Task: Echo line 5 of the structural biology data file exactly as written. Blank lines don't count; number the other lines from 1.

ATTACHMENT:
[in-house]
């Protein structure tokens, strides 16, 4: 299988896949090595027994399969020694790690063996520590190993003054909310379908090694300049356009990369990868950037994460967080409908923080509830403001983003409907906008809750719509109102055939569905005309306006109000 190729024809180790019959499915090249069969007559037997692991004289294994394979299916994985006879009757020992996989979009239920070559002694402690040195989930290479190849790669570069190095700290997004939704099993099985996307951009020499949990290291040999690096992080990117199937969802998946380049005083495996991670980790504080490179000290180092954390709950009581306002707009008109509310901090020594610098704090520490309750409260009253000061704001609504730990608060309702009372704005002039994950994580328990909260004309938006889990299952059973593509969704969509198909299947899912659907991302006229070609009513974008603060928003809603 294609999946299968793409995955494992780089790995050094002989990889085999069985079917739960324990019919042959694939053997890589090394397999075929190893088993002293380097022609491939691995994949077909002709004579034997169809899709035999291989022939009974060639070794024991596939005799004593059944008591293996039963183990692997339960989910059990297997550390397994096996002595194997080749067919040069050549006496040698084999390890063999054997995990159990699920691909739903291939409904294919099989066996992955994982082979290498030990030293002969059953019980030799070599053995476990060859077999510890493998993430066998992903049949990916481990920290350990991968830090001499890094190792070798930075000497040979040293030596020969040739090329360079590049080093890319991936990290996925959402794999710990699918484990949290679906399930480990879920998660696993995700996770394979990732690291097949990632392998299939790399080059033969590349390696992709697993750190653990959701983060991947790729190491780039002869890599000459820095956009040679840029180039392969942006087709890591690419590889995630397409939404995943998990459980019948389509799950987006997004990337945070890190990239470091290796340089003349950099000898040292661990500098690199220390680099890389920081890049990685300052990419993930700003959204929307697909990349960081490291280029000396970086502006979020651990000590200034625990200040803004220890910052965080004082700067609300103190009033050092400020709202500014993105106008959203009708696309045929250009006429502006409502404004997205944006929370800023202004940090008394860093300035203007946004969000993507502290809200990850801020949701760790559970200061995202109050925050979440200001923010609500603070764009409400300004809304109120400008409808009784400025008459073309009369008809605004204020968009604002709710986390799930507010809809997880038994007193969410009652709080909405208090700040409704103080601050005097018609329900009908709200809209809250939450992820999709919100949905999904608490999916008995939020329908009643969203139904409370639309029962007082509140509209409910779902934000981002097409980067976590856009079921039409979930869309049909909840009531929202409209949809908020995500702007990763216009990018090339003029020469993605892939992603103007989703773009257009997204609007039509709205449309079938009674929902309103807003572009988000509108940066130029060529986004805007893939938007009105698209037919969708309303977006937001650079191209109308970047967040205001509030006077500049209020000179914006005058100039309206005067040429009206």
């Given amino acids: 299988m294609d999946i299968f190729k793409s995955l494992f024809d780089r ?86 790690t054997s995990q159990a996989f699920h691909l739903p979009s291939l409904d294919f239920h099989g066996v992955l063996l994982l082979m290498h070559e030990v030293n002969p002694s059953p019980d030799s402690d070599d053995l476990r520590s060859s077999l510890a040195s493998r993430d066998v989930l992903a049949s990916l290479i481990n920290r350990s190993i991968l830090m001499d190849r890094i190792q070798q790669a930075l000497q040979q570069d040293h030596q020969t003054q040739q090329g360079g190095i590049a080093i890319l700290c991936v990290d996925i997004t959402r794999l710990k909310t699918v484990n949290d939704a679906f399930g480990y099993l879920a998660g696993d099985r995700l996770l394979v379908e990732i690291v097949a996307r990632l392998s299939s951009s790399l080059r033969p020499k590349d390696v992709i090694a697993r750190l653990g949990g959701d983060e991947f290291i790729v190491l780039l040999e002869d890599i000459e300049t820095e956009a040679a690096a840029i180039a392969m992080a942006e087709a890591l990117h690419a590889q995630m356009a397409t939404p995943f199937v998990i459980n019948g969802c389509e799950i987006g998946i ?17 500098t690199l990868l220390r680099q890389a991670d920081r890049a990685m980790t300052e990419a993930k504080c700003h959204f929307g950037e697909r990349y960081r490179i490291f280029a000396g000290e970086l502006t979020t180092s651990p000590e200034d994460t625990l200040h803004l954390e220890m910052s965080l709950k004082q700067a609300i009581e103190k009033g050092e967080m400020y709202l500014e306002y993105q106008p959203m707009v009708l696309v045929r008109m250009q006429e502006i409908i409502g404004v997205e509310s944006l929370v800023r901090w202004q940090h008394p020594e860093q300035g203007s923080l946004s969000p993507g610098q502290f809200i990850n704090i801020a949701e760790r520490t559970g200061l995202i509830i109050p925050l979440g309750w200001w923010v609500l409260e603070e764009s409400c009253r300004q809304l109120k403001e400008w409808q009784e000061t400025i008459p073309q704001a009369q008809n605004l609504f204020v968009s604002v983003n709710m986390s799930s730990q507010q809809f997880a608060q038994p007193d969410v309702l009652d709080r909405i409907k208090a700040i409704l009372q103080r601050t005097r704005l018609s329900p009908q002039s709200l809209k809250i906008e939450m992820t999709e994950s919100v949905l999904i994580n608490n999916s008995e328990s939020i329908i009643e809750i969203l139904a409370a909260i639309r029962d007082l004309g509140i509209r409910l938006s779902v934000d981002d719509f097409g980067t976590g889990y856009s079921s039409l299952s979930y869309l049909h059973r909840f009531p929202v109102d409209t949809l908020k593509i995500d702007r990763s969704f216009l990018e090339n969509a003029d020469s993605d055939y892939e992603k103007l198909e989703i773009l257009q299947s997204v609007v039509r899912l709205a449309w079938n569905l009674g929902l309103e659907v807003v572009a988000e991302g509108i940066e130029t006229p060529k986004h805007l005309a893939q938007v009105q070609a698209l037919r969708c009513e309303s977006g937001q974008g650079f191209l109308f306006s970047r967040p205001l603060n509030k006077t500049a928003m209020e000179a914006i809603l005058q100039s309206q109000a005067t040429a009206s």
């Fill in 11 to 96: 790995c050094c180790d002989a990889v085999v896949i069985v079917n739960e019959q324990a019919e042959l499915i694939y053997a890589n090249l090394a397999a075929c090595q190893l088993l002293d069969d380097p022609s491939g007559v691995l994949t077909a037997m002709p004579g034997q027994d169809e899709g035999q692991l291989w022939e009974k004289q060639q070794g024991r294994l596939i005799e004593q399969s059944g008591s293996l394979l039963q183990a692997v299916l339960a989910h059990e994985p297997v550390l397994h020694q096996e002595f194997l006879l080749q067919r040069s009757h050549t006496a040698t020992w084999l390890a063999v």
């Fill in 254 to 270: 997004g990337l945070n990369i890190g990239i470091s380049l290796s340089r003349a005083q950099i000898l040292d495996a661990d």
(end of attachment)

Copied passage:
């Fill in 254 to 270: 997004g990337l945070n990369i890190g990239i470091s380049l290796s340089r003349a005083q950099i000898l040292d495996a661990d």